"Lois is an amazing woman," Bruce conceded, tempted to add but she doesn't deserve you if she hurt you this badly.

They sat at the old stone bench that was off to the side of the path. He removed his glasses, pinching the bridge of his nose.

"I hardly know her even after all these years of working with her. Isn't that strange?" Clark laughed with no mirth. "And you know the part that kills me?"

"What?" Bruce whispered.

"It isn't that she's getting married, not really. It's the way she looks at him." Clark's hands dropped away from his face and he met Bruce's gaze. "I wanted her… wanted someone to…" He trailed off as their eyes connected.

"What did you want, Clark?" Bruce asked, feeling himself drawn forward.

"I…" Clark licked his lips, and it seemed as if the admission was about to spill forth from them, open, waiting, asking…

But then he drew back, shoving his glasses onto his face and standing up so suddenly that Bruce's head spun.

"I think we need to get back."

Bruce swallowed down on his refusal, nodding.

"Guess so."

*

The reception was a large and surprisingly boisterous affair; a full swing band, centerpieces overflowing with white roses and rare framed Daily Planet collectors' editions provided the ambiance while the crowd provided the noise. Richard and Lois looked perfectly at home on the dance floor. She'd shed the long skirt on her wedding gown and changed into dancing heels—they ate up the dance floor like a couple who had swung their way right out of the 40's.

"Wow," Clark said when Lois triple-spun in layered waves of lacy white and brown curls.

"Richard was always trying to get me to go to swing nights with him back in college. Looks like those lessons finally paid off."

"I didn't know you were a friend of his."

Bruce shrugged. "We don't keep in touch too much any more, but he was one of the few people who… how should I put it… befriended me before he knew my family name."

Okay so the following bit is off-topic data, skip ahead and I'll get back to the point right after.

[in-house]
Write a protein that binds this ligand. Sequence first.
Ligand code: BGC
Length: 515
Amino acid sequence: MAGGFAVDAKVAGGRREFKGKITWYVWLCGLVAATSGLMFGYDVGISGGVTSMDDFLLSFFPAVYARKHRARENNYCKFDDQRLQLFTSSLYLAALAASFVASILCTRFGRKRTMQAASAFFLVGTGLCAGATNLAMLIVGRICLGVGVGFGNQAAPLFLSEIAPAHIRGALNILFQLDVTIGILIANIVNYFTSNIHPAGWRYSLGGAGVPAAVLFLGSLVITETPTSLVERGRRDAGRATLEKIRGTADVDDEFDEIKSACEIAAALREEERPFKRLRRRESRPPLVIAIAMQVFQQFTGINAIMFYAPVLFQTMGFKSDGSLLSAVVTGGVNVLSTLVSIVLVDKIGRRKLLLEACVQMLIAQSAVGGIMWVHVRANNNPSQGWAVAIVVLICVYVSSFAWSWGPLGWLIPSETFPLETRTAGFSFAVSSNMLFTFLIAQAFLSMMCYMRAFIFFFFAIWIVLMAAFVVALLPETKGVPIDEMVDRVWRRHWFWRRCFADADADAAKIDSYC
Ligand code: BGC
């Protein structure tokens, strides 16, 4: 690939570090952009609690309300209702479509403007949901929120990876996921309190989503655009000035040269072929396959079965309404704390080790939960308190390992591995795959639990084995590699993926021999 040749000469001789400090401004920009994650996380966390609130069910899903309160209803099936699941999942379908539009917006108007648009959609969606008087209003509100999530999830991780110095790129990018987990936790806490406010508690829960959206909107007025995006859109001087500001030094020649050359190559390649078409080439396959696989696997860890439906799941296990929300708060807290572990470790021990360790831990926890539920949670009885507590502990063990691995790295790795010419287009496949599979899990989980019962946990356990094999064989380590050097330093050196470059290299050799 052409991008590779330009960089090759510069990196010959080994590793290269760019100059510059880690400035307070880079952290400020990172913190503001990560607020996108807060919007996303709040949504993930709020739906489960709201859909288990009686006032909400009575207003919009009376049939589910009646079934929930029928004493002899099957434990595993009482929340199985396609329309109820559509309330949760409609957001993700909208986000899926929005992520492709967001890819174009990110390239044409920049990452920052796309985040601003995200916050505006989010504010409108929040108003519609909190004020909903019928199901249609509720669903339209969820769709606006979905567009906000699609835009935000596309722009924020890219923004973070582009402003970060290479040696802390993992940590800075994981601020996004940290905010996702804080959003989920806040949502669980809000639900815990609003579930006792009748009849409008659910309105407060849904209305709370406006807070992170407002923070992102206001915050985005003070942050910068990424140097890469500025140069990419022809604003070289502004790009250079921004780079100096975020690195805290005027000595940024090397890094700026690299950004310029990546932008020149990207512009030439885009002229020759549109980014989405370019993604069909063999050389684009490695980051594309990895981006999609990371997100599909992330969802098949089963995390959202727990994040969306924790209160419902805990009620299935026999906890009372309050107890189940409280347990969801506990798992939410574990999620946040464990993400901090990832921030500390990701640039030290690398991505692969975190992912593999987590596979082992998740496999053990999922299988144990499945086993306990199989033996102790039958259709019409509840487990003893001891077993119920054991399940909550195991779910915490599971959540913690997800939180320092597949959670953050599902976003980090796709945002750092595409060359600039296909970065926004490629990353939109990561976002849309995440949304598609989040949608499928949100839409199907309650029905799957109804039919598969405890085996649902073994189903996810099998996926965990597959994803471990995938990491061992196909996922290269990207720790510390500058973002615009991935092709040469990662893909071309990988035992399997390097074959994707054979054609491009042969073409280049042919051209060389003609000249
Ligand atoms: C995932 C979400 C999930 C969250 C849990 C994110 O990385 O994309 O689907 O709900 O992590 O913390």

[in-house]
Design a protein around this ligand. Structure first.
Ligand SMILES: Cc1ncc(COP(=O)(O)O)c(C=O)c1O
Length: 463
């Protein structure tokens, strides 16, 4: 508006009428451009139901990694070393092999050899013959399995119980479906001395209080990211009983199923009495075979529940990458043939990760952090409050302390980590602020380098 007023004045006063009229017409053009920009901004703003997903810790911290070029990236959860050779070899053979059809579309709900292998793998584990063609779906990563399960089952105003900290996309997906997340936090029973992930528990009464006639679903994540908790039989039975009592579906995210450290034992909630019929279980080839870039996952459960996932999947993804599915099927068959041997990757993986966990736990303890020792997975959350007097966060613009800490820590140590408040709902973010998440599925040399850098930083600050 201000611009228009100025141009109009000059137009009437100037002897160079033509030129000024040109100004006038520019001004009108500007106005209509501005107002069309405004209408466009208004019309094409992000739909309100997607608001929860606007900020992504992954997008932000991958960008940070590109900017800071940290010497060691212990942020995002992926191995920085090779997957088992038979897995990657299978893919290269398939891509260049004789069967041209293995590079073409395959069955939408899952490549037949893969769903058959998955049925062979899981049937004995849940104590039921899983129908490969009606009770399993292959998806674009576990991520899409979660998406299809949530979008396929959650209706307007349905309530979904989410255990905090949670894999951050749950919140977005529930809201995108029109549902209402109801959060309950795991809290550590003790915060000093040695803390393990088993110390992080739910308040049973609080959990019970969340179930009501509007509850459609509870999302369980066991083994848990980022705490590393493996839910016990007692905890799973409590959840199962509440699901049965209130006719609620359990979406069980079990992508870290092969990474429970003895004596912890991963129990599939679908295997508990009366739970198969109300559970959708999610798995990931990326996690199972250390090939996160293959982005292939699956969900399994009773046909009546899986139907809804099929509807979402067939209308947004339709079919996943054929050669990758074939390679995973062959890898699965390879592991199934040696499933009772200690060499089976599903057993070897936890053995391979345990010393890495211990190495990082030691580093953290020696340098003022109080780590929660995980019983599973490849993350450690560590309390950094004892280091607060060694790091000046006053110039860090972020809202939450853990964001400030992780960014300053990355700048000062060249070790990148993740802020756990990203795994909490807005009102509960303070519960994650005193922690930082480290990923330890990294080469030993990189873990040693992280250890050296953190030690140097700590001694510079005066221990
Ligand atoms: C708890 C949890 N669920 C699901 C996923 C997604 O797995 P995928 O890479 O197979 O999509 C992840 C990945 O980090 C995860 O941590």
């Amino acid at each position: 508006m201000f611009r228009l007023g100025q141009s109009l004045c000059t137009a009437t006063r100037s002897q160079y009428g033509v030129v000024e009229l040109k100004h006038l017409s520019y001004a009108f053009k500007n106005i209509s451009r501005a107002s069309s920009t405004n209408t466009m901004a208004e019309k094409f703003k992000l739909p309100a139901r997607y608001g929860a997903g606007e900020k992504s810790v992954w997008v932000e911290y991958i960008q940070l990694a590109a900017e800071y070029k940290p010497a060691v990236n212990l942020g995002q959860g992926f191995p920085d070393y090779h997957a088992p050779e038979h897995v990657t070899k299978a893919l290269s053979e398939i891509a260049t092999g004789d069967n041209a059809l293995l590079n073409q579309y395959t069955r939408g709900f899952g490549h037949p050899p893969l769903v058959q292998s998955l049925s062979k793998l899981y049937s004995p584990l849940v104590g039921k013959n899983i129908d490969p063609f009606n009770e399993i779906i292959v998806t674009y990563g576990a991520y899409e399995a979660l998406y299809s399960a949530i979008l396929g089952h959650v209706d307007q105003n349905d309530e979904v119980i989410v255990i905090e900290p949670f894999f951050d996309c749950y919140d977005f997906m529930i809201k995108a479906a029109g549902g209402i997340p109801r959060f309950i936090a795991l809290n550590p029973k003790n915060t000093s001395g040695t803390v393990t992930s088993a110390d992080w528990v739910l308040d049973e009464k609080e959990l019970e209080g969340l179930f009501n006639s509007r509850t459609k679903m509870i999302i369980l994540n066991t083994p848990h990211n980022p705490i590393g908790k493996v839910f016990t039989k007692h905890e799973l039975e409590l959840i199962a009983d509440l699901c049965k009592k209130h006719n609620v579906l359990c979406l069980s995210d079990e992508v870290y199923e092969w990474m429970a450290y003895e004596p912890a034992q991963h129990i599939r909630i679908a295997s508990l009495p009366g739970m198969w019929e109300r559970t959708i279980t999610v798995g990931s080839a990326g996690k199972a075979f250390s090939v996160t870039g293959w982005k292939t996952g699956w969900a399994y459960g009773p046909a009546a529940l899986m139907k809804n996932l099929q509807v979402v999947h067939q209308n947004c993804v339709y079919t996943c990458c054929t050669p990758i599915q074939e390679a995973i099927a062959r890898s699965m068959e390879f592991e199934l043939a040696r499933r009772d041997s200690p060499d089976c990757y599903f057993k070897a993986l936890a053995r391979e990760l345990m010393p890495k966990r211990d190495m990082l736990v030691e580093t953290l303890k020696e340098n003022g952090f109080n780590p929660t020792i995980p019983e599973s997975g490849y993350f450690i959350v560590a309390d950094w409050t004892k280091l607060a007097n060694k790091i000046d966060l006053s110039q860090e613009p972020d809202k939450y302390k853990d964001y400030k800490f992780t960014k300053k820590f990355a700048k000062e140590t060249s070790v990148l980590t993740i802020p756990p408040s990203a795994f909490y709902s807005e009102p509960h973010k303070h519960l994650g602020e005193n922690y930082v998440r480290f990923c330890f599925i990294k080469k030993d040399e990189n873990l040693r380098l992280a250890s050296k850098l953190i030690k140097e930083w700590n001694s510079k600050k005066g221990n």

"He's a good man."

Bruce searched Clark's voice for a lack of sincerity or jealously, but it sounded like a sudden understanding, as if he'd heard the phrase before but never really understood its full import.

"So are you," Bruce said, unsure what the right thing to say was.

Clark nodded his head at the newly dubbed White-Lane couple.

"They look happy, don't you think?"

But Bruce was staring at Clark.

"You took the words right out of my mouth."

*

Eight beers each into the evening, they decided to head somewhere quieter. Neither was interested in dancing or eating more wedding cake, and Bruce's bones were aching for peace and quiet, dark and solitude.

He didn't think it odd that he could find that solitude walking beside Clark in the clean and well-mannered Metropolis streets. Maybe it was the beer, or the fact that Clark knew how to let his silence do the talking.

Maybe it was just Clark.

Bruce followed him complacently, walking the city blocks in the measured steps of someone who didn't want to admit that he was feeling a bit inebriated. He never drank this much—he often pretended to, at his own parties especially, but seeing Clark's wound, freshly lanced… it made him need those blurred edges and softer sounds.

"We have to go around back. You don't mind getting that suit a little dirty, do you?"

Bruce raised an eyebrow and Clark laughed. "Right, well. Just wanted to make sure."

They were at a tall, relatively nondescript skyscraper. They ascended the fire escape quickly; Bruce was a little surprised at Clark's apparent strength. Ten, twelve, fifteen, and finally, twenty floors up, and he wasn't winded. In fact, he looked like could manage it again with both hands tied behind his back and a smile on his face—Bruce, on the other hand, felt his heart beating a bit faster.

"One of the best views in Metropolis," Clark offered, stepping back to let Bruce see.

Senses dulled by alcohol sharpened back into awareness as he stood at the rooftop ledge overlooking the vista. The wind was a skin-prickling reminder of their height, the moon just rising in its soft luminescence on the horizon, and the city lights shone like stardust collected in a basin of earth.

Bruce thought about closing his eyes, slowing his demanding pulse, climbing back down this building and forgetting today had ever happened. He thought about teasing Clark, telling him he hadn't taken him to be the trespassing type; he could easily refuse what was being offered.

He was used to turning away from earnest eyes, outstretched hands, even pledges of loyalty.

"Thank you for bringing me here," Bruce said instead, shivers running up his arms where Clark's shoulder brushed his. He laid his hand on the ledge, palm-up, heartbeat pummeling hopeful fear in his wrist.

"Thank you for today," Clark whispered.

Fingers overlapping and palms face to face, they watched the moon rise over Metropolis and not another word was needed. Their skin said it all.